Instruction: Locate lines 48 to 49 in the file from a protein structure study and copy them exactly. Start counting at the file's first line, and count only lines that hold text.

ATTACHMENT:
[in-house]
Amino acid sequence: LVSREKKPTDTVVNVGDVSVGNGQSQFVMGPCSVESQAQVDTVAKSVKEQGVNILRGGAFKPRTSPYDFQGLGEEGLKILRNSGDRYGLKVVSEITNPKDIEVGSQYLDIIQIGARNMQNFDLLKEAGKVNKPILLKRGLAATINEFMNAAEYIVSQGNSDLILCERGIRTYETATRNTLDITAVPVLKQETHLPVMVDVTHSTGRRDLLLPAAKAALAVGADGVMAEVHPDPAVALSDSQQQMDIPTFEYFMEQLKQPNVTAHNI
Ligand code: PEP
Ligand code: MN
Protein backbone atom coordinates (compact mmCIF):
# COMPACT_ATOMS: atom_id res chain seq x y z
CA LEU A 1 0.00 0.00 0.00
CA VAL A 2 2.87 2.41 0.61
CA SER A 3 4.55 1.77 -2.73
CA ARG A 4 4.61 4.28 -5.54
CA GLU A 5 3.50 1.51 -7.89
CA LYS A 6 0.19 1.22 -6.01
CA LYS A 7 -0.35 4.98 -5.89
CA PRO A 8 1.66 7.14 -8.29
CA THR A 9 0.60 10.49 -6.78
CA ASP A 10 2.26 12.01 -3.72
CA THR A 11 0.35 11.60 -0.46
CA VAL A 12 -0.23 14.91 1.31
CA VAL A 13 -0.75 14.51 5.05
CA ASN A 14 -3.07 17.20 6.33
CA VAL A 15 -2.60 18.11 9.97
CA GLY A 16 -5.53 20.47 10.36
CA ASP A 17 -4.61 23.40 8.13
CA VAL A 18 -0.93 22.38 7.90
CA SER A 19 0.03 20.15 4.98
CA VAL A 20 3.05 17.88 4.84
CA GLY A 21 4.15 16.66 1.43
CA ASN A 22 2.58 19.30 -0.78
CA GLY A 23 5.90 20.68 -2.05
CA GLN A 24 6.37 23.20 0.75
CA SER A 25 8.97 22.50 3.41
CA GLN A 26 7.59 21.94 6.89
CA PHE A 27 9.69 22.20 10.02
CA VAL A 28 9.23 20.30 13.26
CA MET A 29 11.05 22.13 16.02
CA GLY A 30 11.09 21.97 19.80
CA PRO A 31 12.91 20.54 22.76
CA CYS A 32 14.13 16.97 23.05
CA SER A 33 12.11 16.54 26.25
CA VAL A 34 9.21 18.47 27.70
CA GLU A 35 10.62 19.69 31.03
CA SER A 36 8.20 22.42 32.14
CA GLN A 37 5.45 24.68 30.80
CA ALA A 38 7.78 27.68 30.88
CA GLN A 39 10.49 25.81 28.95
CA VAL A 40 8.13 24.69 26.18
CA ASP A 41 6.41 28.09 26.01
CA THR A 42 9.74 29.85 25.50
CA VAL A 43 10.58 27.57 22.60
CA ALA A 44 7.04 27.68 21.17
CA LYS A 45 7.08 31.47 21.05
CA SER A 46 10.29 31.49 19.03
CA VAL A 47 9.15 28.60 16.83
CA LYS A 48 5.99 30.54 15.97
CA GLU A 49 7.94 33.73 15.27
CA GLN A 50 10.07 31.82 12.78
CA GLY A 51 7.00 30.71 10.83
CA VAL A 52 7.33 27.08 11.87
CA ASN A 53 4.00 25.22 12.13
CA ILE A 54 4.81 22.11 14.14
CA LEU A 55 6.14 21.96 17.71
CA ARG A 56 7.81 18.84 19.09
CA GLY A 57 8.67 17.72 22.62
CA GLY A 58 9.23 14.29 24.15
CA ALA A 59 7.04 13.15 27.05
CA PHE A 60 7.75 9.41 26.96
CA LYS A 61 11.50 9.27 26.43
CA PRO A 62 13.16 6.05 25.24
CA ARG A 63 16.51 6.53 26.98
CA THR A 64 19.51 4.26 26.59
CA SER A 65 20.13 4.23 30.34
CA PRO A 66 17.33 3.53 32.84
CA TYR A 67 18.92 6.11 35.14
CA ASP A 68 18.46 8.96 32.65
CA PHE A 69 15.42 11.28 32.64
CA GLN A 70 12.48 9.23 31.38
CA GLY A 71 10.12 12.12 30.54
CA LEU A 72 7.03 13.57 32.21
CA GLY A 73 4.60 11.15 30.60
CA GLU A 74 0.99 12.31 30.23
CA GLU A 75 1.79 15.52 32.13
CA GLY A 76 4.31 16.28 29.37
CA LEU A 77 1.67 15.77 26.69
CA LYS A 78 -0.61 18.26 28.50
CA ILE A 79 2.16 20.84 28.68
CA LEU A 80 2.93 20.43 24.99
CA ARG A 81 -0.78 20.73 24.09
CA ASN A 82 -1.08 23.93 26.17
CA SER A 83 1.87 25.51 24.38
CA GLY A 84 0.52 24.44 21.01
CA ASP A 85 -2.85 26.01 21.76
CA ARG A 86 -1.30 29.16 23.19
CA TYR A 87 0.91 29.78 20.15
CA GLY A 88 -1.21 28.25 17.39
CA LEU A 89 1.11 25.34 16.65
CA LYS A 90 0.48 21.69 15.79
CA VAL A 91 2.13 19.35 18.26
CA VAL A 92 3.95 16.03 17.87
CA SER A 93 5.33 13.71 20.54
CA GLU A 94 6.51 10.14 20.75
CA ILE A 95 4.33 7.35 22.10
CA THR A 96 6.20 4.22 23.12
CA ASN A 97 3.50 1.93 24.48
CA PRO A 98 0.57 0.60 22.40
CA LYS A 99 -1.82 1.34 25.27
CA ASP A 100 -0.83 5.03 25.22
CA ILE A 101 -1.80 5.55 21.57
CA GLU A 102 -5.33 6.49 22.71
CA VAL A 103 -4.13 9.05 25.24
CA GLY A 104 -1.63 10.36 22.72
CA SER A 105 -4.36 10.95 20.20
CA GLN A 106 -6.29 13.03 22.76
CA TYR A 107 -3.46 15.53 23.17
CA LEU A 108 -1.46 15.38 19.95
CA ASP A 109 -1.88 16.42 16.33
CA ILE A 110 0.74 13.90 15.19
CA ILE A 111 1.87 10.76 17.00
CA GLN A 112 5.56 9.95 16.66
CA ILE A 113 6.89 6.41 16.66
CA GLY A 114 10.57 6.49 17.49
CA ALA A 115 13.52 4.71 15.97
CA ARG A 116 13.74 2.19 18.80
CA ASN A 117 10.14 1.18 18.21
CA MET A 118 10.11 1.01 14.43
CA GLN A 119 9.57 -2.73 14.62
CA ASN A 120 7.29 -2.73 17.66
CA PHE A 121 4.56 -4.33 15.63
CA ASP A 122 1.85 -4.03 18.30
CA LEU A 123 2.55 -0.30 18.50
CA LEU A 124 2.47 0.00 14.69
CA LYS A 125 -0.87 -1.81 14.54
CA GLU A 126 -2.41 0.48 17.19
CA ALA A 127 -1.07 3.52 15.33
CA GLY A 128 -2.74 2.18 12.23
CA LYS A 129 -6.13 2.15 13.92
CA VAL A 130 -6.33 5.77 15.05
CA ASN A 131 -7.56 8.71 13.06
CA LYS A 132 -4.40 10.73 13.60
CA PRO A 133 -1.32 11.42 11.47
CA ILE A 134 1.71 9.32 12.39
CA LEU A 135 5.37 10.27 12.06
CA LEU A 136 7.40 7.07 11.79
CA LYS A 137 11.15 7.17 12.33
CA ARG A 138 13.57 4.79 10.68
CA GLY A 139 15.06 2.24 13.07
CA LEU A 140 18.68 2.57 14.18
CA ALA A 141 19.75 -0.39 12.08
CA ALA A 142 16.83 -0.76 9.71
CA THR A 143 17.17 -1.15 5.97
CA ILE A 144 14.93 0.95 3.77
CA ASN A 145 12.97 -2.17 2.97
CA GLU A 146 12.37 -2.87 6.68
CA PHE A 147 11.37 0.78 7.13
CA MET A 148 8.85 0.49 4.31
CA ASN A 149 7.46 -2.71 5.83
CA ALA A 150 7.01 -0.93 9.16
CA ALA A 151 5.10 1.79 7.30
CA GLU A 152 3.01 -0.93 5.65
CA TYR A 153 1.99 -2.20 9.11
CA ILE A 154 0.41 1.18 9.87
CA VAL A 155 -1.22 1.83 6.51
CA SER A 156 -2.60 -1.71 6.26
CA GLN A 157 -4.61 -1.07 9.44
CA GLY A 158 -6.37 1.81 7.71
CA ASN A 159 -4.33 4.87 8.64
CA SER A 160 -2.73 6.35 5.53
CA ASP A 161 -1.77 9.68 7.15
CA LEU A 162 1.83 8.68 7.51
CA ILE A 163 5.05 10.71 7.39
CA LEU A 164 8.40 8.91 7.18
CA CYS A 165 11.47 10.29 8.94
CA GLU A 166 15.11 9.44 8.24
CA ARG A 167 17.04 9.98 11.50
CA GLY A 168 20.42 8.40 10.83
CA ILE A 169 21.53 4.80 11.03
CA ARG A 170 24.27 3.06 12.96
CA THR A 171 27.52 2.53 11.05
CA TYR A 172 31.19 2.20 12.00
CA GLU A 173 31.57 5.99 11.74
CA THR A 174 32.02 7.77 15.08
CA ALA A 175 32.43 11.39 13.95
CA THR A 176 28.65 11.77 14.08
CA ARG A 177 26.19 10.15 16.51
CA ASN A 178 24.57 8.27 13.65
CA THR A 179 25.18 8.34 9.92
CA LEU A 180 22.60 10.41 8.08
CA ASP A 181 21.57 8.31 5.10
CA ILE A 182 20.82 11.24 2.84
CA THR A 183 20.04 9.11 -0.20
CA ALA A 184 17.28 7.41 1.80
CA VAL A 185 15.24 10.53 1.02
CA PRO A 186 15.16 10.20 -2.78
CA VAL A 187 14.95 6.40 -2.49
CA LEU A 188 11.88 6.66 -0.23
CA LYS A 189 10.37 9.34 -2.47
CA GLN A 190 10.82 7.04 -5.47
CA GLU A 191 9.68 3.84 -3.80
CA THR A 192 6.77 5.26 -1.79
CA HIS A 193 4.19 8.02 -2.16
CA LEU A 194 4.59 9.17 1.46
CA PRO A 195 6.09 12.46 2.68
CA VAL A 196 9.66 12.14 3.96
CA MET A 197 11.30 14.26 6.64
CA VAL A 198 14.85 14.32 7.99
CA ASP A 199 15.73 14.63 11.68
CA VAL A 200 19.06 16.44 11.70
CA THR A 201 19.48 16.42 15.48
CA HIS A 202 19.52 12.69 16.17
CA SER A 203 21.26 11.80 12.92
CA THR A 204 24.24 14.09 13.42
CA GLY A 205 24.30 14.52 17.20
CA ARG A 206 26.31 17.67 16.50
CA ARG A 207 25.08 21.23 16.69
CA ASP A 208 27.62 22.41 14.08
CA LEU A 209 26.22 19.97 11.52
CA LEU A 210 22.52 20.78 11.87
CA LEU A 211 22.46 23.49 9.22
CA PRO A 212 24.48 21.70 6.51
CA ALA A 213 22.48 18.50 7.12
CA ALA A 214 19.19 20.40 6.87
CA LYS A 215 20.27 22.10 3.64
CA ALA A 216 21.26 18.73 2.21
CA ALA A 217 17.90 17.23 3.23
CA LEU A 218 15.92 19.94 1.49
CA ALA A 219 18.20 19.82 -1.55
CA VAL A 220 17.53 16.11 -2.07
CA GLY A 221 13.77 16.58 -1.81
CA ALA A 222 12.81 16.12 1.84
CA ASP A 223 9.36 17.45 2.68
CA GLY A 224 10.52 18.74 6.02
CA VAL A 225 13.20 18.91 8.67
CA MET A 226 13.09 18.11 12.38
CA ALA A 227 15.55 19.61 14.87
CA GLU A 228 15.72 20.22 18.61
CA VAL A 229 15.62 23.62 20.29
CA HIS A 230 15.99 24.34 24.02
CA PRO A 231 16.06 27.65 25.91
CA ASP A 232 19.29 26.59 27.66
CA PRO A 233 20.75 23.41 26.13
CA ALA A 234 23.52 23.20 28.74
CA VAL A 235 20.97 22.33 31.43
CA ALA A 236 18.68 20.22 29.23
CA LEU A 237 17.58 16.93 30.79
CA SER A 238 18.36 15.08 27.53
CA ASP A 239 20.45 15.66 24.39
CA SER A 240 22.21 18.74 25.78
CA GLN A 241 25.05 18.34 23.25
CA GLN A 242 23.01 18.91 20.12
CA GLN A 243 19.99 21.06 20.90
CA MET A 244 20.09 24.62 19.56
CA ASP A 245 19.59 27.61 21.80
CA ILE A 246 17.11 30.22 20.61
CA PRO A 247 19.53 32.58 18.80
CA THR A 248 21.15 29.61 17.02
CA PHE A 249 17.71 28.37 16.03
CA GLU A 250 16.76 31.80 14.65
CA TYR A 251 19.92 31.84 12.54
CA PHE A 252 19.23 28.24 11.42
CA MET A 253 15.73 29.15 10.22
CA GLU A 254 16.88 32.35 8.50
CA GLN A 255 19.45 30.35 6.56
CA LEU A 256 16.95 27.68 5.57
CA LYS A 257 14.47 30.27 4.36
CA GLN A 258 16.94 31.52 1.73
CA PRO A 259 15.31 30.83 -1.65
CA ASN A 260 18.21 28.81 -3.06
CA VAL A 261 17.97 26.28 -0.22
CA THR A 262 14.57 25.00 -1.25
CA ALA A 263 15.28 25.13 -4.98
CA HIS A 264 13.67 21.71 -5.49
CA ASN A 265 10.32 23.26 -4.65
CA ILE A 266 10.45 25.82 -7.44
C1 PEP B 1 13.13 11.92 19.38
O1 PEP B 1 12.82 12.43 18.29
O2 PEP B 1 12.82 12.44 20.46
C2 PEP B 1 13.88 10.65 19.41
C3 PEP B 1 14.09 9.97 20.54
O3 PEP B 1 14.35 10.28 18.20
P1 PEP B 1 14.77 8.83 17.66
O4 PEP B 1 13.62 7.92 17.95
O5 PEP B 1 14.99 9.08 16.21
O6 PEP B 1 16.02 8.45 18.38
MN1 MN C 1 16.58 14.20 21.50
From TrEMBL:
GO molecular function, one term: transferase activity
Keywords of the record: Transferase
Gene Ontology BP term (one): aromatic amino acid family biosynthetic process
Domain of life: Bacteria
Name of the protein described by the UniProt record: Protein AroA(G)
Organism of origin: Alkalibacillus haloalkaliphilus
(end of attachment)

CA THR A 42 9.74 29.85 25.50
CA VAL A 43 10.58 27.57 22.60